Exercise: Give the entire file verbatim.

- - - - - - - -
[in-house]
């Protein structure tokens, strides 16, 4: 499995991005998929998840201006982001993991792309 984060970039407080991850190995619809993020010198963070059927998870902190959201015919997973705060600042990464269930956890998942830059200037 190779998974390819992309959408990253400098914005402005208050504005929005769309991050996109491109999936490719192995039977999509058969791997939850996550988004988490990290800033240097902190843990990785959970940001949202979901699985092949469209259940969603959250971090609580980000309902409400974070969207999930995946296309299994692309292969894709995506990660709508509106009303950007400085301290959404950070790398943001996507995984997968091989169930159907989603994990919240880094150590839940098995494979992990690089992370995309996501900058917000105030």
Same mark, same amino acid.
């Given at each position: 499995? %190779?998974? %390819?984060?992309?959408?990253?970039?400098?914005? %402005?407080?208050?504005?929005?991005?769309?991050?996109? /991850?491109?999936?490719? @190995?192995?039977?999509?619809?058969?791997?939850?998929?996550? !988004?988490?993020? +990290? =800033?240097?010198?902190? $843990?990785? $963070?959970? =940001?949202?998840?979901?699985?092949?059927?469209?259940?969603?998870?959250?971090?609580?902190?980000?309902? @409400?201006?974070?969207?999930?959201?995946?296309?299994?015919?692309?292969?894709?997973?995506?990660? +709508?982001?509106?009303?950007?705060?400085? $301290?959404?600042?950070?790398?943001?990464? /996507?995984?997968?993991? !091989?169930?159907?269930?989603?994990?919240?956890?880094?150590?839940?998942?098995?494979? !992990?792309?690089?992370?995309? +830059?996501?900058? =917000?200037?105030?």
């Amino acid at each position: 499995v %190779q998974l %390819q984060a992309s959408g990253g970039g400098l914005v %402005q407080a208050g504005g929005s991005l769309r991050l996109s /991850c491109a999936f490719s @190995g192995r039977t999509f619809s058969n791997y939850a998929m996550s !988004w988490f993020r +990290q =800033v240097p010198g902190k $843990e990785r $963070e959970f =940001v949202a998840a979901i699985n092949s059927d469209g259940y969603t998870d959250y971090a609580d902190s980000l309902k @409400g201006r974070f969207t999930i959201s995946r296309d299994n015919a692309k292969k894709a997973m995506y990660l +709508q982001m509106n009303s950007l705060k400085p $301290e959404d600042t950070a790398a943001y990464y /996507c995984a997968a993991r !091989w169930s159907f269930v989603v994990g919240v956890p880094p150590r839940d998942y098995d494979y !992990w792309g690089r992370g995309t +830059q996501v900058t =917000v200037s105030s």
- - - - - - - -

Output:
[in-house]
């Protein structure tokens, strides 16, 4: 499995991005998929998840201006982001993991792309 984060970039407080991850190995619809993020010198963070059927998870902190959201015919997973705060600042990464269930956890998942830059200037 190779998974390819992309959408990253400098914005402005208050504005929005769309991050996109491109999936490719192995039977999509058969791997939850996550988004988490990290800033240097902190843990990785959970940001949202979901699985092949469209259940969603959250971090609580980000309902409400974070969207999930995946296309299994692309292969894709995506990660709508509106009303950007400085301290959404950070790398943001996507995984997968091989169930159907989603994990919240880094150590839940098995494979992990690089992370995309996501900058917000105030």
Same mark, same amino acid.
């Given at each position: 499995? %190779?998974? %390819?984060?992309?959408?990253?970039?400098?914005? %402005?407080?208050?504005?929005?991005?769309?991050?996109? /991850?491109?999936?490719? @190995?192995?039977?999509?619809?058969?791997?939850?998929?996550? !988004?988490?993020? +990290? =800033?240097?010198?902190? $843990?990785? $963070?959970? =940001?949202?998840?979901?699985?092949?059927?469209?259940?969603?998870?959250?971090?609580?902190?980000?309902? @409400?201006?974070?969207?999930?959201?995946?296309?299994?015919?692309?292969?894709?997973?995506?990660? +709508?982001?509106?009303?950007?705060?400085? $301290?959404?600042?950070?790398?943001?990464? /996507?995984?997968?993991? !091989?169930?159907?269930?989603?994990?919240?956890?880094?150590?839940?998942?098995?494979? !992990?792309?690089?992370?995309? +830059?996501?900058? =917000?200037?105030?």
């Amino acid at each position: 499995v %190779q998974l %390819q984060a992309s959408g990253g970039g400098l914005v %402005q407080a208050g504005g929005s991005l769309r991050l996109s /991850c491109a999936f490719s @190995g192995r039977t999509f619809s058969n791997y939850a998929m996550s !988004w988490f993020r +990290q =800033v240097p010198g902190k $843990e990785r $963070e959970f =940001v949202a998840a979901i699985n092949s059927d469209g259940y969603t998870d959250y971090a609580d902190s980000l309902k @409400g201006r974070f969207t999930i959201s995946r296309d299994n015919a692309k292969k894709a997973m995506y990660l +709508q982001m509106n009303s950007l705060k400085p $301290e959404d600042t950070a790398a943001y990464y /996507c995984a997968a993991r !091989w169930s159907f269930v989603v994990g919240v956890p880094p150590r839940d998942y098995d494979y !992990w792309g690089r992370g995309t +830059q996501v900058t =917000v200037s105030s």